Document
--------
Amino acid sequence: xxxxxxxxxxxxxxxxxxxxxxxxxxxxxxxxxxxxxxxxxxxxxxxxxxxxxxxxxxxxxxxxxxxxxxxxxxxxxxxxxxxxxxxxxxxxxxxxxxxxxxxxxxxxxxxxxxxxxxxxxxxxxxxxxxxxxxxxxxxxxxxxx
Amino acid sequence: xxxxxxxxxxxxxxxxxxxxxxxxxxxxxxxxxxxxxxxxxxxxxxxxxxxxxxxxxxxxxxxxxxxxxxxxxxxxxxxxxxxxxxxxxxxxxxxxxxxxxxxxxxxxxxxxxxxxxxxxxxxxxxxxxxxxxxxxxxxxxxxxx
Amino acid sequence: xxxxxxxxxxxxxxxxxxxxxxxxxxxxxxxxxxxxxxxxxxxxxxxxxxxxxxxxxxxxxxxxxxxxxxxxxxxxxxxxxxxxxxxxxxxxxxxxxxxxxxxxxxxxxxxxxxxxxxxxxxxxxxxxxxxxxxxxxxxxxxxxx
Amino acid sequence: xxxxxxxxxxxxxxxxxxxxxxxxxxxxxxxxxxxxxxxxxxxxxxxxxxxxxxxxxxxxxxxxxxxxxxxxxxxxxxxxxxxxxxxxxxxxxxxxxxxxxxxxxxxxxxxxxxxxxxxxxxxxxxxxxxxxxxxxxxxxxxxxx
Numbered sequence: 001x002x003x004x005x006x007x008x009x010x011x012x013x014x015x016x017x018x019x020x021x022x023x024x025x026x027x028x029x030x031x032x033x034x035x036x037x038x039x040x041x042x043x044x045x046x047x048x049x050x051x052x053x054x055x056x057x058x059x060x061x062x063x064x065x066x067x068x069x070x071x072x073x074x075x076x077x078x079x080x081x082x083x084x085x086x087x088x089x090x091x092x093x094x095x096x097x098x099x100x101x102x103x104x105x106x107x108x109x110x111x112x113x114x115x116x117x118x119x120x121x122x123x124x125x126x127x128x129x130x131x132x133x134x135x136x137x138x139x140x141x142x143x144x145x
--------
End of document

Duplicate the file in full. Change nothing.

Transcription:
Amino acid sequence: xxxxxxxxxxxxxxxxxxxxxxxxxxxxxxxxxxxxxxxxxxxxxxxxxxxxxxxxxxxxxxxxxxxxxxxxxxxxxxxxxxxxxxxxxxxxxxxxxxxxxxxxxxxxxxxxxxxxxxxxxxxxxxxxxxxxxxxxxxxxxxxxx
Amino acid sequence: xxxxxxxxxxxxxxxxxxxxxxxxxxxxxxxxxxxxxxxxxxxxxxxxxxxxxxxxxxxxxxxxxxxxxxxxxxxxxxxxxxxxxxxxxxxxxxxxxxxxxxxxxxxxxxxxxxxxxxxxxxxxxxxxxxxxxxxxxxxxxxxxx
Amino acid sequence: xxxxxxxxxxxxxxxxxxxxxxxxxxxxxxxxxxxxxxxxxxxxxxxxxxxxxxxxxxxxxxxxxxxxxxxxxxxxxxxxxxxxxxxxxxxxxxxxxxxxxxxxxxxxxxxxxxxxxxxxxxxxxxxxxxxxxxxxxxxxxxxxx
Amino acid sequence: xxxxxxxxxxxxxxxxxxxxxxxxxxxxxxxxxxxxxxxxxxxxxxxxxxxxxxxxxxxxxxxxxxxxxxxxxxxxxxxxxxxxxxxxxxxxxxxxxxxxxxxxxxxxxxxxxxxxxxxxxxxxxxxxxxxxxxxxxxxxxxxxx
Numbered sequence: 001x002x003x004x005x006x007x008x009x010x011x012x013x014x015x016x017x018x019x020x021x022x023x024x025x026x027x028x029x030x031x032x033x034x035x036x037x038x039x040x041x042x043x044x045x046x047x048x049x050x051x052x053x054x055x056x057x058x059x060x061x062x063x064x065x066x067x068x069x070x071x072x073x074x075x076x077x078x079x080x081x082x083x084x085x086x087x088x089x090x091x092x093x094x095x096x097x098x099x100x101x102x103x104x105x106x107x108x109x110x111x112x113x114x115x116x117x118x119x120x121x122x123x124x125x126x127x128x129x130x131x132x133x134x135x136x137x138x139x140x141x142x143x144x145x